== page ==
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Delivery of vincristine sulfate-conjugated gold nanoparticles using liposomes: a light-responsive nanocarrier with enhanced antitumor efficiency

Authors Liu Y, He M, Niu M, Zhao Y, Zhu Y, Li Z, Feng N

Received 18 December 2014

Accepted for publication 31 January 2015

Published 22 April 2015 Volume 2015:10(1) Pages 3081—3095

DOI https://doi.org/10.2147/IJN.S79550

Checked for plagiarism Yes

Review by Single-blind

Peer reviewer comments 4

Editor who approved publication: Prof. Dr. Thomas J Webster

Ying Liu,1,* Man He,1,* Mengmeng Niu,1 Yiqing Zhao,1 Yuanzhang Zhu,1 Zhenhua Li,2 Nianping Feng1

1Department of Pharmaceutical Sciences, School of Pharmacy, Shanghai University of Traditional Chinese Medicine, Shanghai, People’s Republic of China; 2Cedars-Sinai Medical Center, Los Angeles, CA, USA

*These authors contributed equally to this work

Abstract: Rapid drug release at the specific site of action is still a challenge for antitumor therapy. Development of stimuli-responsive hybrid nanocarriers provides a promising strategy to enhance therapeutic effects by combining the unique features of each component. The present study explored the use of drug–gold nanoparticle conjugates incorporated into liposomes to enhance antitumor efficiency. A model drug, vincristine sulfate, was physically conjugated with gold nanoparticles and verified by UV-visible and fourier transform infrared spectroscopy, and differential scanning calorimetry. The conjugates were incorporated into liposomes by film dispersion to yield nanoparticles (113.4 nm) with light-responsive release properties, as shown by in vitro release studies. Intracellular uptake and distribution was studied in HeLa cells using transmission electron microscopy and confocal laser scanning microscopy. This demonstrated liposome internalization and localization in endosomal–lysosomal vesicles. Fluorescence intensity increased in cells exposed to UV light, indicating that this stimulated intracellular drug release; this finding was confirmed by quantitative analyses using flow cytometry. Antitumor efficacy was evaluated in HeLa cells, both in culture and in implants in vivo in nude mice. HeLa cell viability assays showed that light exposure enhanced liposome cytotoxicity and induction of apoptosis. Furthermore, treatment with the prepared liposomes coupled with UV light exposure produced greater antitumor effects in nude mice and reduced side effects, as compared with free vincristine sulfate.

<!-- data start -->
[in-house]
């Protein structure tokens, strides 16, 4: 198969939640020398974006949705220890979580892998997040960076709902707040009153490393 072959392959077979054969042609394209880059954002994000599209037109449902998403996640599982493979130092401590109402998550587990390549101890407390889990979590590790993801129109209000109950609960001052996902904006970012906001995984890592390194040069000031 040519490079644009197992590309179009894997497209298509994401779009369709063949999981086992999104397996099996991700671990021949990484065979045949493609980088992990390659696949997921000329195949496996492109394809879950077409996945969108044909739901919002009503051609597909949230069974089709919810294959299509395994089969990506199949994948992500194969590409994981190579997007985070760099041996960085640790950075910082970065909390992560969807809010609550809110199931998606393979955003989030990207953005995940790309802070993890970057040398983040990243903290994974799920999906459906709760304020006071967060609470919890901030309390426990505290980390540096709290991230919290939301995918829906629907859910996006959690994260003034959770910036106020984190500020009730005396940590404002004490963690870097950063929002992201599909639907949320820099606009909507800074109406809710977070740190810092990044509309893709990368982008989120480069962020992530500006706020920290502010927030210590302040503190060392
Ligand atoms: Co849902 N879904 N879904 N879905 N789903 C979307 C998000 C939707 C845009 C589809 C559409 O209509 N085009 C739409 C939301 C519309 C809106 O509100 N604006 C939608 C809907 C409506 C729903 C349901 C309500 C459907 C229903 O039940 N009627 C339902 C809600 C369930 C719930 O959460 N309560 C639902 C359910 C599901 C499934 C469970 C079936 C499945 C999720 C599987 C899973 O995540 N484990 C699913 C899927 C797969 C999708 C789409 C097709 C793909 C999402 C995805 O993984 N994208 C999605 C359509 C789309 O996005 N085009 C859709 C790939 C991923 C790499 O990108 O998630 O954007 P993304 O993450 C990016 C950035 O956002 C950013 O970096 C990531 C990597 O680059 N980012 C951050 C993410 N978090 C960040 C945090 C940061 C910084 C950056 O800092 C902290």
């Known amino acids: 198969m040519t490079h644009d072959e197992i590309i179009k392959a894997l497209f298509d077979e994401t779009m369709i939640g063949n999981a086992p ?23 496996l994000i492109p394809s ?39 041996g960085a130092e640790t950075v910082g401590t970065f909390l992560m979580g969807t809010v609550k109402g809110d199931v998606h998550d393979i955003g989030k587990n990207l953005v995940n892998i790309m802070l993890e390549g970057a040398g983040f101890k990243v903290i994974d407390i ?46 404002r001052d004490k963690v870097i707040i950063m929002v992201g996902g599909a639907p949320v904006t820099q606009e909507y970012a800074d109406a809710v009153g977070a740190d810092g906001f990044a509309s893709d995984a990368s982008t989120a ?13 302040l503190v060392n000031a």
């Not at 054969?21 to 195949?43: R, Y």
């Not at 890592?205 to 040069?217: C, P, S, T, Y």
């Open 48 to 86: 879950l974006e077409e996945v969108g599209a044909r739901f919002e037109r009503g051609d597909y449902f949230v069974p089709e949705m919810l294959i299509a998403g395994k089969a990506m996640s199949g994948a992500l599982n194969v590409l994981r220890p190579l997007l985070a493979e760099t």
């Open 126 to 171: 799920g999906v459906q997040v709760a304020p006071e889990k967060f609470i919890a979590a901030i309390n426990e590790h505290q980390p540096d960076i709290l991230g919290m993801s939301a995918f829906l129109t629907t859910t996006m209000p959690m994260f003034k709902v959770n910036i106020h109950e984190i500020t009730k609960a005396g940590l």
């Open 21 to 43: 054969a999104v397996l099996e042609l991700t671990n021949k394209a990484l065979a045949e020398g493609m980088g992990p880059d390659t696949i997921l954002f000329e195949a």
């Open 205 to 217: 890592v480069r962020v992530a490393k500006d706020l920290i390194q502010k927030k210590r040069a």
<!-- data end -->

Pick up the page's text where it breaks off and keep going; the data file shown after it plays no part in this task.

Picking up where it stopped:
Keywords: vincristine sulfate, vincristine sulfate–gold nanoparticle conjugates, liposomes, antitumor efficiency, light triggered drug release
 

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